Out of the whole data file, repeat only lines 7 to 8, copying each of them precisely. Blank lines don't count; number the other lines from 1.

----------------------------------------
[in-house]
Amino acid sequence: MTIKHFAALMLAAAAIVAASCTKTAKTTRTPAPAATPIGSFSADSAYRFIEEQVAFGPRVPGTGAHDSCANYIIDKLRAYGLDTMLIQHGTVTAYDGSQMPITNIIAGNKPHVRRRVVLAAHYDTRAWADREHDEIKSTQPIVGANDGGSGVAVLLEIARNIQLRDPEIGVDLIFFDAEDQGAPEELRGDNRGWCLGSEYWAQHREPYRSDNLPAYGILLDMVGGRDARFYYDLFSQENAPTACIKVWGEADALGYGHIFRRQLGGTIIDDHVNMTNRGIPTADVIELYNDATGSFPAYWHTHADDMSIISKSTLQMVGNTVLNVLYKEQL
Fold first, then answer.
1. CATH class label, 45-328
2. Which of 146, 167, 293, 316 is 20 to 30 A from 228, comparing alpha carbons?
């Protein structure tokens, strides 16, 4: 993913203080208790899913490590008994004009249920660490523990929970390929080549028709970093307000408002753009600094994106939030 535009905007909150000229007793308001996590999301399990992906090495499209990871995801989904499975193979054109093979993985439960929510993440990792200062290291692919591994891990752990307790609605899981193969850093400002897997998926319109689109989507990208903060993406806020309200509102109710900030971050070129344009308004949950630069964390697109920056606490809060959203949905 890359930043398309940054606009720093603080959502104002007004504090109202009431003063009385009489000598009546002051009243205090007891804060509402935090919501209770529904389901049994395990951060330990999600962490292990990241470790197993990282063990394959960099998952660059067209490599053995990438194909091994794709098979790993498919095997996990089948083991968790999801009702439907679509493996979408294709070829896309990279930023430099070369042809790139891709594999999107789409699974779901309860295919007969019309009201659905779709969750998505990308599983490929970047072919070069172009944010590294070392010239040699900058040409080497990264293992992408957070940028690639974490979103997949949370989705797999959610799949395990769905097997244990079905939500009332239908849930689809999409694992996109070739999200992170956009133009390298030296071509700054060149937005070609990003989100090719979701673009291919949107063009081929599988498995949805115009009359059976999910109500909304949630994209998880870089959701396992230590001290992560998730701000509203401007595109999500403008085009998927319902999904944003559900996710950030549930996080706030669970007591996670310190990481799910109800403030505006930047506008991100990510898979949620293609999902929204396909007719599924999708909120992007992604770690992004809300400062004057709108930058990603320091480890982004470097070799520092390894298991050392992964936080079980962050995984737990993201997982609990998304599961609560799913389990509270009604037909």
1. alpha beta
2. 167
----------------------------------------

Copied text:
1. alpha beta
2. 167